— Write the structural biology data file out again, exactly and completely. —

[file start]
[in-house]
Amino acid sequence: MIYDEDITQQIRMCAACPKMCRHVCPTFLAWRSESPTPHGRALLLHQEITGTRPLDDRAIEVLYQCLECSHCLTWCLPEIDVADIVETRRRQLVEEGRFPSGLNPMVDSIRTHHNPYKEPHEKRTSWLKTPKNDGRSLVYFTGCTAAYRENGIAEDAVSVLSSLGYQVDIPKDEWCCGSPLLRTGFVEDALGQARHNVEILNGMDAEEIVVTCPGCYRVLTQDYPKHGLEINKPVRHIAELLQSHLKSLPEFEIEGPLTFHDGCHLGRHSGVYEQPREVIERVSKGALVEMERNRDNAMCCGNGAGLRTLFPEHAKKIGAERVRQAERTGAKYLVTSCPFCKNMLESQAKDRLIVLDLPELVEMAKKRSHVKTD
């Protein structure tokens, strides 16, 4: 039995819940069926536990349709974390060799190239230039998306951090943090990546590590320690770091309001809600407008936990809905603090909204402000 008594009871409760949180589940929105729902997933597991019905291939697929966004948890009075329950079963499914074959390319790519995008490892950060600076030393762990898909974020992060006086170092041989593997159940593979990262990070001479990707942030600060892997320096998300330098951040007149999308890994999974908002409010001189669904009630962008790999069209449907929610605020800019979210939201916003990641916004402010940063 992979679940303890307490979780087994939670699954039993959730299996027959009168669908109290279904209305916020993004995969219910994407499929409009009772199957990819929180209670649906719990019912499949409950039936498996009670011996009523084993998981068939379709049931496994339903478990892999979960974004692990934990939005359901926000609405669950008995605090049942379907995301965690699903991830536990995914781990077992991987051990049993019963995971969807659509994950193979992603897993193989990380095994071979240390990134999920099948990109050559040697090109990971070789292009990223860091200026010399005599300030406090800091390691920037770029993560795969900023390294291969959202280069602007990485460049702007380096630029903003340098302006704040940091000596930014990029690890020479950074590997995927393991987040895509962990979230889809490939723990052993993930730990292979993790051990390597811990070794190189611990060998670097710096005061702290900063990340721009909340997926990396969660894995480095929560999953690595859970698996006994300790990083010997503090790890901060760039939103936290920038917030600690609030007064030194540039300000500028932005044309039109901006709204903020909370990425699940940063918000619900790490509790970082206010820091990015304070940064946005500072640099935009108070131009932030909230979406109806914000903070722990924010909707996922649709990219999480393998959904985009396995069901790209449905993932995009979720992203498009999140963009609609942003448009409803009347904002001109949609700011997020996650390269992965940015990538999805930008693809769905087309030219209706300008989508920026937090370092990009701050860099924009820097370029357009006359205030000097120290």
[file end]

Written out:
[in-house]
Amino acid sequence: MIYDEDITQQIRMCAACPKMCRHVCPTFLAWRSESPTPHGRALLLHQEITGTRPLDDRAIEVLYQCLECSHCLTWCLPEIDVADIVETRRRQLVEEGRFPSGLNPMVDSIRTHHNPYKEPHEKRTSWLKTPKNDGRSLVYFTGCTAAYRENGIAEDAVSVLSSLGYQVDIPKDEWCCGSPLLRTGFVEDALGQARHNVEILNGMDAEEIVVTCPGCYRVLTQDYPKHGLEINKPVRHIAELLQSHLKSLPEFEIEGPLTFHDGCHLGRHSGVYEQPREVIERVSKGALVEMERNRDNAMCCGNGAGLRTLFPEHAKKIGAERVRQAERTGAKYLVTSCPFCKNMLESQAKDRLIVLDLPELVEMAKKRSHVKTD
């Protein structure tokens, strides 16, 4: 039995819940069926536990349709974390060799190239230039998306951090943090990546590590320690770091309001809600407008936990809905603090909204402000 008594009871409760949180589940929105729902997933597991019905291939697929966004948890009075329950079963499914074959390319790519995008490892950060600076030393762990898909974020992060006086170092041989593997159940593979990262990070001479990707942030600060892997320096998300330098951040007149999308890994999974908002409010001189669904009630962008790999069209449907929610605020800019979210939201916003990641916004402010940063 992979679940303890307490979780087994939670699954039993959730299996027959009168669908109290279904209305916020993004995969219910994407499929409009009772199957990819929180209670649906719990019912499949409950039936498996009670011996009523084993998981068939379709049931496994339903478990892999979960974004692990934990939005359901926000609405669950008995605090049942379907995301965690699903991830536990995914781990077992991987051990049993019963995971969807659509994950193979992603897993193989990380095994071979240390990134999920099948990109050559040697090109990971070789292009990223860091200026010399005599300030406090800091390691920037770029993560795969900023390294291969959202280069602007990485460049702007380096630029903003340098302006704040940091000596930014990029690890020479950074590997995927393991987040895509962990979230889809490939723990052993993930730990292979993790051990390597811990070794190189611990060998670097710096005061702290900063990340721009909340997926990396969660894995480095929560999953690595859970698996006994300790990083010997503090790890901060760039939103936290920038917030600690609030007064030194540039300000500028932005044309039109901006709204903020909370990425699940940063918000619900790490509790970082206010820091990015304070940064946005500072640099935009108070131009932030909230979406109806914000903070722990924010909707996922649709990219999480393998959904985009396995069901790209449905993932995009979720992203498009999140963009609609942003448009409803009347904002001109949609700011997020996650390269992965940015990538999805930008693809769905087309030219209706300008989508920026937090370092990009701050860099924009820097370029357009006359205030000097120290």